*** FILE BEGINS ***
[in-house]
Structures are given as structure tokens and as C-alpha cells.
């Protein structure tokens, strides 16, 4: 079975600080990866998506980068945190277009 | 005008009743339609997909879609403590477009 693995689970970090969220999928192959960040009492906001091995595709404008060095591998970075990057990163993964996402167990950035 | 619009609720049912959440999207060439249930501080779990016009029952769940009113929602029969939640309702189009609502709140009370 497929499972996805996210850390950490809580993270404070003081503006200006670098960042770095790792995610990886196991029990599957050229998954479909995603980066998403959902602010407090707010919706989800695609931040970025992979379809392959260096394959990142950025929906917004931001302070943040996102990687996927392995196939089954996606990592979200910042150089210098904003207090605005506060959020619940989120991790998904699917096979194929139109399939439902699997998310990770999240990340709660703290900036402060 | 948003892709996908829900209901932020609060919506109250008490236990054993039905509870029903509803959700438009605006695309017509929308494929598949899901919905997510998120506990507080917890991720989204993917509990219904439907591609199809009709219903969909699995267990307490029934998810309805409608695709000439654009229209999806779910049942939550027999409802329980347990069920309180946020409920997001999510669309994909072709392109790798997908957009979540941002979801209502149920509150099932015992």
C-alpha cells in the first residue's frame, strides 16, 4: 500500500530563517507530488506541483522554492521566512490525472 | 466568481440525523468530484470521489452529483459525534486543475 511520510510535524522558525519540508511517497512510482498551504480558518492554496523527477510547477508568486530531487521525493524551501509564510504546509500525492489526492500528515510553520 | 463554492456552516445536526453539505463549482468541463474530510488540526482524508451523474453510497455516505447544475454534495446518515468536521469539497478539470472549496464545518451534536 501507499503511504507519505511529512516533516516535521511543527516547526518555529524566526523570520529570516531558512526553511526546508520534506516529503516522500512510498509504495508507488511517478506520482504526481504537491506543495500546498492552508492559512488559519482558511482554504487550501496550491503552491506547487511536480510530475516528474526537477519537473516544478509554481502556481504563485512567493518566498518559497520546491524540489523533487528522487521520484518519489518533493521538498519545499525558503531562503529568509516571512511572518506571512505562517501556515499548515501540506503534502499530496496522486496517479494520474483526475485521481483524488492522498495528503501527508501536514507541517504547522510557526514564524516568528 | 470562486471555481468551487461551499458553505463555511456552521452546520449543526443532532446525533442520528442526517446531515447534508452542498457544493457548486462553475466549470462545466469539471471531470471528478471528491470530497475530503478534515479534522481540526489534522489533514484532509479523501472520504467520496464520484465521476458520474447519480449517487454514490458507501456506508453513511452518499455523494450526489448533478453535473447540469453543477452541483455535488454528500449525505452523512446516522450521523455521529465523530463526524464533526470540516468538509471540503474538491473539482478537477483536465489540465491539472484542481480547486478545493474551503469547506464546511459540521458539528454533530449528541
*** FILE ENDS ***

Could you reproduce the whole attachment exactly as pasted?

[in-house]
Structures are given as structure tokens and as C-alpha cells.
């Protein structure tokens, strides 16, 4: 079975600080990866998506980068945190277009 | 005008009743339609997909879609403590477009 693995689970970090969220999928192959960040009492906001091995595709404008060095591998970075990057990163993964996402167990950035 | 619009609720049912959440999207060439249930501080779990016009029952769940009113929602029969939640309702189009609502709140009370 497929499972996805996210850390950490809580993270404070003081503006200006670098960042770095790792995610990886196991029990599957050229998954479909995603980066998403959902602010407090707010919706989800695609931040970025992979379809392959260096394959990142950025929906917004931001302070943040996102990687996927392995196939089954996606990592979200910042150089210098904003207090605005506060959020619940989120991790998904699917096979194929139109399939439902699997998310990770999240990340709660703290900036402060 | 948003892709996908829900209901932020609060919506109250008490236990054993039905509870029903509803959700438009605006695309017509929308494929598949899901919905997510998120506990507080917890991720989204993917509990219904439907591609199809009709219903969909699995267990307490029934998810309805409608695709000439654009229209999806779910049942939550027999409802329980347990069920309180946020409920997001999510669309994909072709392109790798997908957009979540941002979801209502149920509150099932015992």
C-alpha cells in the first residue's frame, strides 16, 4: 500500500530563517507530488506541483522554492521566512490525472 | 466568481440525523468530484470521489452529483459525534486543475 511520510510535524522558525519540508511517497512510482498551504480558518492554496523527477510547477508568486530531487521525493524551501509564510504546509500525492489526492500528515510553520 | 463554492456552516445536526453539505463549482468541463474530510488540526482524508451523474453510497455516505447544475454534495446518515468536521469539497478539470472549496464545518451534536 501507499503511504507519505511529512516533516516535521511543527516547526518555529524566526523570520529570516531558512526553511526546508520534506516529503516522500512510498509504495508507488511517478506520482504526481504537491506543495500546498492552508492559512488559519482558511482554504487550501496550491503552491506547487511536480510530475516528474526537477519537473516544478509554481502556481504563485512567493518566498518559497520546491524540489523533487528522487521520484518519489518533493521538498519545499525558503531562503529568509516571512511572518506571512505562517501556515499548515501540506503534502499530496496522486496517479494520474483526475485521481483524488492522498495528503501527508501536514507541517504547522510557526514564524516568528 | 470562486471555481468551487461551499458553505463555511456552521452546520449543526443532532446525533442520528442526517446531515447534508452542498457544493457548486462553475466549470462545466469539471471531470471528478471528491470530497475530503478534515479534522481540526489534522489533514484532509479523501472520504467520496464520484465521476458520474447519480449517487454514490458507501456506508453513511452518499455523494450526489448533478453535473447540469453543477452541483455535488454528500449525505452523512446516522450521523455521529465523530463526524464533526470540516468538509471540503474538491473539482478537477483536465489540465491539472484542481480547486478545493474551503469547506464546511459540521458539528454533530449528541